top of page

[Bali life] Origin of my art and science and power of art in Bali

Hi I am Takeshi, CEO and the arty-scientist of

I still think of myself as a scientist, but there are a lot of people out there who don't think so ;-). I think that's because I run a company and love my business. Aside from being a scientist, my other identities are a surfer and an artist (with a bit of hesitation...).

It's no wonder that I have such diverse attributes in my genes. My father was a businessman who rode motorbikes and travels other prefectures to sell textile. from the age of 14. He started business into China before everyone else turned their attention to the current No 2 in the world and handled 75% of the suits that went into Japan at one point. But I know from a young age that the real situation was not always so good.

The women on her mother's side of the family are all artists, and my mother does everything from tea ceremony, to Ikebana, haiku and calligraphy. Recently she has taken up the piano at the age of 65. The men on my mother's side are professors at famous Japanese universities and scientists at major corporations.

In other words, all that blood came together to make me the person I am today, and to set up Actually, I wanated to be a professional artist and then adventurer, but all failt so I decieded to be a scientist or Japanese Indiana Jones ;-).

In Bali, if I say "I am an artist", you are just passing through as they are wandering as much as offerings on Bali's street. When I say "I am a scientist", people think I am a madman and I am doing amazing art. When I show such people my tree houses and upcycled office, I am making them very happy. And I may or may not think of selling the objects I happen to have made out of scrap wood to them.

Anyway, in Oxford you will find more PhDs than you will find dog poop on the roadside. You will meet artists in Bali about the same frequency. Having said that when you take off those coloured glasses, you will realised that the level is quite high.

A few years ago, there was an event that showed the level and power of such art. There was a plan to bury seven mangrove units on the south side of Bali. Udayana University, where I am also a visiting professor, announced that there would be an impact on the ecosystem, so the development company had another 2nd class university wrote another report for their convenient environmental assessment. Angry at this, local artists raised their voices and brushes and used the power of art to campaign against the landfill project.

Here is a summary of how Fabian, a member of staff, wrote:


Indonesia’s Case: Stopping Bali Reclamation Project with Music and Poetry

In December 2012, the governor of Bali granted private investor PT Tirta Wahana Bali Internasional (TWBI) permission to develop and reclaim Benoa Bay as part of an integrated tourist development area. The company planned to build luxury tourist facilities, including a Disneyland-like theme park, apartments, hotels, villas, entertainment centers, a hospital and a university campus covering up to 838 hectares. However, the plan sparked controversy from locals and environmentalists, as it would clear out the mangrove ecosystem, potentially increase the seawater levels and affect many fisherman’s livelihood. Hundreds of people have staged a rally in Denpasar to reject the planned reclamation project featuring both traditional and modern performances. Poet Wayan Sunarta, more commonly known as Jengki from the Balinese Forum Against Reclamation (ForBali) read out a poem Sajak Seorang Tua di Bawah Pohon (An old people's poem under the tree) by well-known Indonesian poet WS Rendra. The rally also featured a variety of dance performances, including traditional Jempiring, Cendrawasih, Barong and Topeng (Mask) performed by a variety of groups. Music was provided by the Deep Sea Explorer band. The rally continues with the protest movement ForBALI, hosting demonstrations and live music every month to raise awareness about the issue. With over 3,000 people, the movement is filled with a diverse group of locals ranging from academics to musicians, including some of the island’s most renowned bands, such as the punk outfit Superman Is Dead, and the folk and pop group Nosstress. Art has united the locals to conserve the environment and stopped the reclamation project in 2018.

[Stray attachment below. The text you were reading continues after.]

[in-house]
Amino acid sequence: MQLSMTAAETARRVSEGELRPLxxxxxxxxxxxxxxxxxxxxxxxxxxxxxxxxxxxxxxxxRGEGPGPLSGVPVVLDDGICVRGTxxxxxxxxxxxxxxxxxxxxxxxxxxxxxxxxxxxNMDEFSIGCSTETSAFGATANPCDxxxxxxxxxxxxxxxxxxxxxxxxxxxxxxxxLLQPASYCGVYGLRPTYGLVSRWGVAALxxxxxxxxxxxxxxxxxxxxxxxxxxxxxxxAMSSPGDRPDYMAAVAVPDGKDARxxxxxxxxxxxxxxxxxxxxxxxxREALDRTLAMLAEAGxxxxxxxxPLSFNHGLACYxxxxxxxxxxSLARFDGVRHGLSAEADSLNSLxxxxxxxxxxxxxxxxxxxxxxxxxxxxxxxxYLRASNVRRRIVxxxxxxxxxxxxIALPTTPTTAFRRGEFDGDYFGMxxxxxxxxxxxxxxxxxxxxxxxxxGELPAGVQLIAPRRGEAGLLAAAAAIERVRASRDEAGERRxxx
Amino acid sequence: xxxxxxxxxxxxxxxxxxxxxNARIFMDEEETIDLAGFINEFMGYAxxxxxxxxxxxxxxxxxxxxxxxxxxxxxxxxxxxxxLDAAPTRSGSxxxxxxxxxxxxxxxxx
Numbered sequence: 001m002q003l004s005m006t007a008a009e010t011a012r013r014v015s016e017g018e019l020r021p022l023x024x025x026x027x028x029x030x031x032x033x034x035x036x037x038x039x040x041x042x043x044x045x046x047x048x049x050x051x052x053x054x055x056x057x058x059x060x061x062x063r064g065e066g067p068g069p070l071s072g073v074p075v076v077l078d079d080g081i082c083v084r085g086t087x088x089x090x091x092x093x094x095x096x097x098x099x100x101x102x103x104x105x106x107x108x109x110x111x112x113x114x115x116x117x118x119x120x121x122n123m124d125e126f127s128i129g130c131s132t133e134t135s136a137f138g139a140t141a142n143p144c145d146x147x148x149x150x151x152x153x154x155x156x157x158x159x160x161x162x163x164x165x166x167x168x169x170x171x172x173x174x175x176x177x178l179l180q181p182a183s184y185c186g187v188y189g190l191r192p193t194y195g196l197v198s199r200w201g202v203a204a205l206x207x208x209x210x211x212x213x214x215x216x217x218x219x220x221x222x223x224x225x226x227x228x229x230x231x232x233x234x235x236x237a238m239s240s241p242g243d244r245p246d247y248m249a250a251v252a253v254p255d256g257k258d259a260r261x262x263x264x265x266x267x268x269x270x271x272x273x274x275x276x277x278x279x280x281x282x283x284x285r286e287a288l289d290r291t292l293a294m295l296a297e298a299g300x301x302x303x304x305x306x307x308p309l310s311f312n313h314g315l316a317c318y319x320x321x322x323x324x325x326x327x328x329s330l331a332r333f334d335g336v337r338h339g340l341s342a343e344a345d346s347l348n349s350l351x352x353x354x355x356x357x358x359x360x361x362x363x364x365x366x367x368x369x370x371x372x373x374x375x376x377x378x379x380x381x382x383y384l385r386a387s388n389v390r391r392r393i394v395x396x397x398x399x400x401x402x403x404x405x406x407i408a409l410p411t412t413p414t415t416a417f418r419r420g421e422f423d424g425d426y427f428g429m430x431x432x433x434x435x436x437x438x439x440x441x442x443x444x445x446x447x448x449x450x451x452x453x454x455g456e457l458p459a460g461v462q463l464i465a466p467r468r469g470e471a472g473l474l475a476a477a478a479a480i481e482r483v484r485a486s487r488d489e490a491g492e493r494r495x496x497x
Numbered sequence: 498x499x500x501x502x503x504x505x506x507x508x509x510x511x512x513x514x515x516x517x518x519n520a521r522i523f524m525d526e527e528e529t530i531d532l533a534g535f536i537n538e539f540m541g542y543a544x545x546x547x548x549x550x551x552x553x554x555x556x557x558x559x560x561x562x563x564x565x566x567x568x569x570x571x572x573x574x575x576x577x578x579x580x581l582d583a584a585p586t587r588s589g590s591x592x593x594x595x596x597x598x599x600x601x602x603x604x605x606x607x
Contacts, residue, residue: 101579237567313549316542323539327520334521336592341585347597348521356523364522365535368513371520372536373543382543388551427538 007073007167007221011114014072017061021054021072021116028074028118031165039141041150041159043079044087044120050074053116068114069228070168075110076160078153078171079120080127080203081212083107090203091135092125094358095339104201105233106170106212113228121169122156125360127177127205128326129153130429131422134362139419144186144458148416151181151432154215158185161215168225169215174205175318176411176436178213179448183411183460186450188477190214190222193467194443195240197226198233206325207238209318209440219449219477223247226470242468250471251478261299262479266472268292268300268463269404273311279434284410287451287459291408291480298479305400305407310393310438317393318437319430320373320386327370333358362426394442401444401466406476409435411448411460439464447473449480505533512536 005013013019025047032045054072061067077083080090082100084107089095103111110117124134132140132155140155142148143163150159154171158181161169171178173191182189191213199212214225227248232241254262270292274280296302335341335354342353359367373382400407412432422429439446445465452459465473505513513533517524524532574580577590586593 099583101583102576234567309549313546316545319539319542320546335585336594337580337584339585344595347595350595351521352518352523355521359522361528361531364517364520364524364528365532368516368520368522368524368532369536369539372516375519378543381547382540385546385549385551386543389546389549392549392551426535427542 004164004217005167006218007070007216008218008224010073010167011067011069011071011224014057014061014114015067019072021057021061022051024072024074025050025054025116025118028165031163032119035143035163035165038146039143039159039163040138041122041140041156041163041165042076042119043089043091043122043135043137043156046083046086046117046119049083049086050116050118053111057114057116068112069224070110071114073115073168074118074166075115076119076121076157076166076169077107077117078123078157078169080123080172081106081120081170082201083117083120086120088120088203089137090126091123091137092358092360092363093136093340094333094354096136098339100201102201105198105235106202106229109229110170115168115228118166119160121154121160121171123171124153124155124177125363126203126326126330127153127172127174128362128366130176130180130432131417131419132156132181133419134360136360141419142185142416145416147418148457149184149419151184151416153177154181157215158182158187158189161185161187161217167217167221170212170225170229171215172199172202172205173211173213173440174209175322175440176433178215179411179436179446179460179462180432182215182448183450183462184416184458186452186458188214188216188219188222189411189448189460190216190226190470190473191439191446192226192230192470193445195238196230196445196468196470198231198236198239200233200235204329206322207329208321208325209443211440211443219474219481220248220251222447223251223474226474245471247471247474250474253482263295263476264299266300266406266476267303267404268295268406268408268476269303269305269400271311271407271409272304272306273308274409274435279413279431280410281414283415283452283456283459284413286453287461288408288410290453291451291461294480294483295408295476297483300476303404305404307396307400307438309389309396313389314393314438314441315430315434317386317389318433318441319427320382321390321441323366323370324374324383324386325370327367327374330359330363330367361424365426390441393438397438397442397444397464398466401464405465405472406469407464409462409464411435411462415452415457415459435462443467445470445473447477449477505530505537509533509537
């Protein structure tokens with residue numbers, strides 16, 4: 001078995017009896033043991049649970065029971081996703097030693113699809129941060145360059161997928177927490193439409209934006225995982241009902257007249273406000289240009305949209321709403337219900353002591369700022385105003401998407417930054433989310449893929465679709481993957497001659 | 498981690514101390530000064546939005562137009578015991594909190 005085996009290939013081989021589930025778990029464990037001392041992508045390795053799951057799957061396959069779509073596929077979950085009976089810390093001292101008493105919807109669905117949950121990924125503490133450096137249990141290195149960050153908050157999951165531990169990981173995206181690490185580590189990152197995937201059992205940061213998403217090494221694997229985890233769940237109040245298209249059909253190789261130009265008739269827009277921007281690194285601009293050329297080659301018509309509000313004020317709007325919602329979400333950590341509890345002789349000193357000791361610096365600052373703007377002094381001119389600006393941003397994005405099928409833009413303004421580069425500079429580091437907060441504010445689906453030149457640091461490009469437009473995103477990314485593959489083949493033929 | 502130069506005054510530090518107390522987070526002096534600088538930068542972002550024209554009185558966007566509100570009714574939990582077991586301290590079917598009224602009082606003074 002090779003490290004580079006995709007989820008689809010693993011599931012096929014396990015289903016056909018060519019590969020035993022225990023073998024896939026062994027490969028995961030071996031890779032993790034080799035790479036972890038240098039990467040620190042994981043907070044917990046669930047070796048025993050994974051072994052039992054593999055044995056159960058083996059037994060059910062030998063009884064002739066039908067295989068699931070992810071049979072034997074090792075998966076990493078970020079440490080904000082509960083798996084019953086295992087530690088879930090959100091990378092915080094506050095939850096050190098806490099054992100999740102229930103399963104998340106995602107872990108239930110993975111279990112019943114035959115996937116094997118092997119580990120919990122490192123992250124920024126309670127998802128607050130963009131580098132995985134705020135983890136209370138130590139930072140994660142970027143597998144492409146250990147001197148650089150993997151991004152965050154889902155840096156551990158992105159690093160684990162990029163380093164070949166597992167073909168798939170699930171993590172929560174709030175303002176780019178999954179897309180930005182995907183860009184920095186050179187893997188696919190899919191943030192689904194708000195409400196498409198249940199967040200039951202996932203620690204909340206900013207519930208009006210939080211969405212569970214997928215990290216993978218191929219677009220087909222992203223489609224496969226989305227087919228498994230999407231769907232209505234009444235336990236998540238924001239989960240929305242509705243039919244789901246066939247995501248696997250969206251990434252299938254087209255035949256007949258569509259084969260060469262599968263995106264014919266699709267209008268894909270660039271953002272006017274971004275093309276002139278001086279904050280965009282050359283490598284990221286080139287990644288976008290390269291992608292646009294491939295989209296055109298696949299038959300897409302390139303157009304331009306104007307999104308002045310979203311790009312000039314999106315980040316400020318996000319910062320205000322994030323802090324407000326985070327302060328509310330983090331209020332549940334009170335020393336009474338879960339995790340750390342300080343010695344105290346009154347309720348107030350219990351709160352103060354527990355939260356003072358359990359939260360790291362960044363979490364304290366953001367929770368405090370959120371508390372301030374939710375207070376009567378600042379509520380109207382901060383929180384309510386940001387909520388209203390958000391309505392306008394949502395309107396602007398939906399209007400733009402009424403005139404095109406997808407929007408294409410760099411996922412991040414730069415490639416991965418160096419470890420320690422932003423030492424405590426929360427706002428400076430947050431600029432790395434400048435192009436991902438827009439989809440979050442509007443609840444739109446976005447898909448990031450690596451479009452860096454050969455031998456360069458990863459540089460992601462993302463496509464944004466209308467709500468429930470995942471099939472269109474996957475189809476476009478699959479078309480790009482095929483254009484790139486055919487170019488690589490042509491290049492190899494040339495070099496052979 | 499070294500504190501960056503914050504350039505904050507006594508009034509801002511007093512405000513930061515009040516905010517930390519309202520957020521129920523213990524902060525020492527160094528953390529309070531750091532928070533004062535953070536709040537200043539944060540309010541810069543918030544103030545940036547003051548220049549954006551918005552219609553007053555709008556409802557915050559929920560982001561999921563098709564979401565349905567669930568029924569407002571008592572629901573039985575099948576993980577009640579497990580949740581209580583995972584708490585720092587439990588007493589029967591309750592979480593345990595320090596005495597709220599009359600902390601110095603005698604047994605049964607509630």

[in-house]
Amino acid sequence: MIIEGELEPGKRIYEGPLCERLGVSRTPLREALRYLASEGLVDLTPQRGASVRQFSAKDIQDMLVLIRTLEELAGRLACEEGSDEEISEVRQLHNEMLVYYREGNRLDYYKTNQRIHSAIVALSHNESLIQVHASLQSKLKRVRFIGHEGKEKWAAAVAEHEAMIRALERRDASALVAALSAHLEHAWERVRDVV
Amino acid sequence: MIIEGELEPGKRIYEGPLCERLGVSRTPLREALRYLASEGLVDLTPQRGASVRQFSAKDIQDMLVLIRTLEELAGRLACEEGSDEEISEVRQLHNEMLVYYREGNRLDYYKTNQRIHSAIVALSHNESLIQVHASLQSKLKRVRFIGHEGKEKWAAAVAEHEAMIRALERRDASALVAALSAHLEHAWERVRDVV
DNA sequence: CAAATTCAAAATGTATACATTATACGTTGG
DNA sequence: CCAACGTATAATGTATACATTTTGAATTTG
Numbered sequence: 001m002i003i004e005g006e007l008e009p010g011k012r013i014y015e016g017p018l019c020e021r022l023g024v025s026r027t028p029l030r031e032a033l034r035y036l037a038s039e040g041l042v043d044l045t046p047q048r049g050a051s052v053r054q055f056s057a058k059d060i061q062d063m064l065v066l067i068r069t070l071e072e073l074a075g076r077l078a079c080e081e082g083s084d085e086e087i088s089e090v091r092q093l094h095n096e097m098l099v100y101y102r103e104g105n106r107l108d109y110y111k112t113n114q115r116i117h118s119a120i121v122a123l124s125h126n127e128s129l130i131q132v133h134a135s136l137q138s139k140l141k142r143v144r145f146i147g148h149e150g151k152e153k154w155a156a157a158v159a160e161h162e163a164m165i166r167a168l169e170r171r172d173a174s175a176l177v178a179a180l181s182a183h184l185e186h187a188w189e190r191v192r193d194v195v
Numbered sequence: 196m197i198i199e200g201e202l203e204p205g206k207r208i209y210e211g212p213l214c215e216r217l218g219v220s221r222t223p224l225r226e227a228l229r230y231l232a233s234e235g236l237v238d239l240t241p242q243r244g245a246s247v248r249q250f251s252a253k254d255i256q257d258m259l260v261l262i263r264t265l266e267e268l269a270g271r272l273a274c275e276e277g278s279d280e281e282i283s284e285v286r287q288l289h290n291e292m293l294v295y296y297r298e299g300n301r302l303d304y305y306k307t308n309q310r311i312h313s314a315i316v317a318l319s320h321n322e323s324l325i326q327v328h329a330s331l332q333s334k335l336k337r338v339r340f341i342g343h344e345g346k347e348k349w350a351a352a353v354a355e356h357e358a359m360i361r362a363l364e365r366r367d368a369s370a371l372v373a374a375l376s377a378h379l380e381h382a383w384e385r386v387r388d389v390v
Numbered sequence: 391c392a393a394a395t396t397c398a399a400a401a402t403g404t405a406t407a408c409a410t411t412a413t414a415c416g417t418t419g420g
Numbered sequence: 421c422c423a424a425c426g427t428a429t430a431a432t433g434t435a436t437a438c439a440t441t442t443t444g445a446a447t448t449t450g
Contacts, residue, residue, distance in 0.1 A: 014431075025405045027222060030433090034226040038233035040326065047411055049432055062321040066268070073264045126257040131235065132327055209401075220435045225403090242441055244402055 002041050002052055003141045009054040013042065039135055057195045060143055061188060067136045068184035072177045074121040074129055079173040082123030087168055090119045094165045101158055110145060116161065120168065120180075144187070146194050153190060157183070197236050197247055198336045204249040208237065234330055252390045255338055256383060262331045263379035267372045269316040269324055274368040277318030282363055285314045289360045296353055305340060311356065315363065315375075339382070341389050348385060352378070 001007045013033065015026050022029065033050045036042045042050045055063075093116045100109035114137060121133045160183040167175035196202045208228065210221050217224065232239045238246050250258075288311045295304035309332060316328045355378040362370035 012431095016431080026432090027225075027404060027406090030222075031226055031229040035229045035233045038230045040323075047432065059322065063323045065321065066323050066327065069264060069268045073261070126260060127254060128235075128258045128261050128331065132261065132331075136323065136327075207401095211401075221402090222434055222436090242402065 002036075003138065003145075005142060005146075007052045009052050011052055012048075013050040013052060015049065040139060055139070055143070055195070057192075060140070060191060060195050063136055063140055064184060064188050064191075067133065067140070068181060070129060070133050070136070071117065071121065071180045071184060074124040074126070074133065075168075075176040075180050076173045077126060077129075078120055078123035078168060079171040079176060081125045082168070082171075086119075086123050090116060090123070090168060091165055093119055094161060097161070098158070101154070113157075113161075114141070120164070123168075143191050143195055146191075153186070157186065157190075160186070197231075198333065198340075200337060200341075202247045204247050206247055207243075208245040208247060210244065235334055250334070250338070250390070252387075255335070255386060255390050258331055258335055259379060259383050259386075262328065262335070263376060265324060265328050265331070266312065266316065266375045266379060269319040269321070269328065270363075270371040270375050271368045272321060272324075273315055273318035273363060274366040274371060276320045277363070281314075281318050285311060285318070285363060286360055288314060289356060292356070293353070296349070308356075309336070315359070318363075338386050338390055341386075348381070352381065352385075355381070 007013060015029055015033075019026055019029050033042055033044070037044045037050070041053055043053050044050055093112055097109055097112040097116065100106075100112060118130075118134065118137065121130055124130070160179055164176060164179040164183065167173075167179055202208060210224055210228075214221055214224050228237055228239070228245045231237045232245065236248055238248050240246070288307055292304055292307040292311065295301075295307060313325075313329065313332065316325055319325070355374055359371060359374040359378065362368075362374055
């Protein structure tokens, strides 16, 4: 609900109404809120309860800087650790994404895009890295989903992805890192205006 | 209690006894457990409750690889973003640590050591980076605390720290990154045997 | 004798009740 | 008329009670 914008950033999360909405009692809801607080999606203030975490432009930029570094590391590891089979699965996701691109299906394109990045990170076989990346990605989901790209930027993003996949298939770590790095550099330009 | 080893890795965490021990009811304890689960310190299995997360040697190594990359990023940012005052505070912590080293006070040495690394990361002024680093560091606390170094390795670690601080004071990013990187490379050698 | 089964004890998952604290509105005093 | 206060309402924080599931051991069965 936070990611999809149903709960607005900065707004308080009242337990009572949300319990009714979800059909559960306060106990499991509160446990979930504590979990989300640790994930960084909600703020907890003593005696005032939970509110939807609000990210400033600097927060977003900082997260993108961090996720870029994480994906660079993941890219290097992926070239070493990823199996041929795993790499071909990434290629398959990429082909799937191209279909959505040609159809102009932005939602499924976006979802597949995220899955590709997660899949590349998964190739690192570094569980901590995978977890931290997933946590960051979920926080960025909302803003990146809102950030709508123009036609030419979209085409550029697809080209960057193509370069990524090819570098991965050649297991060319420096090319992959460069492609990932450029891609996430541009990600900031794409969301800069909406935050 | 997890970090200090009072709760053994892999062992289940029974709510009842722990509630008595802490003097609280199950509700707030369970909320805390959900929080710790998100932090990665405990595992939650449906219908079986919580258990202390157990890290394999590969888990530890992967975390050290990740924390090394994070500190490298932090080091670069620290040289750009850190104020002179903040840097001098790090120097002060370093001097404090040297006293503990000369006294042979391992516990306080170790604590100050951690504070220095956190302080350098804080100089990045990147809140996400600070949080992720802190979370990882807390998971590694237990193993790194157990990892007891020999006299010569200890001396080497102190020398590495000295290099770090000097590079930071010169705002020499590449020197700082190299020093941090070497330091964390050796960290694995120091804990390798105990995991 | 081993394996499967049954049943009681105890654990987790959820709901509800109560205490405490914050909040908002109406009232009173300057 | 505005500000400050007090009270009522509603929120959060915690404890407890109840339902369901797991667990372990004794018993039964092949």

I was honestly surprised that this art activity actually eliminated this reclamation project. Looking at the economic assessment as well as the environmental assessment, I'm glad we didn't do this reclamation project. If you look at the reclamation project in Dubai, as well as the devastation to the tourism industry due to this year's corona, it is clear that it was unprofitable. But projects like this one, which are likely to cause environmental destruction on a large scale, are still in the pipeline. When that happens, I want to be good enough to participate in them as an artist as well as a scientist. Now I shall paint again tonight before going to bed.

48 views3 comments

Recent Posts

See All


I need to see the movie. Art is such a powerful tool to deliver a message!


Nov 26, 2020

When I read the Indonesian history, actually there are a lot of cases when people could share their opinion or even critics through art. It's interesting!


Nov 26, 2020

This reminds me of a movie titled Focus(2015), a gambler deliberately implants a specific number through the opponent's daily life before gambling day. That number is finally attached to his opponent's mind unconsciously. The opponent did as the gambler wants. It's interesting how the brain cognitive works

bottom of page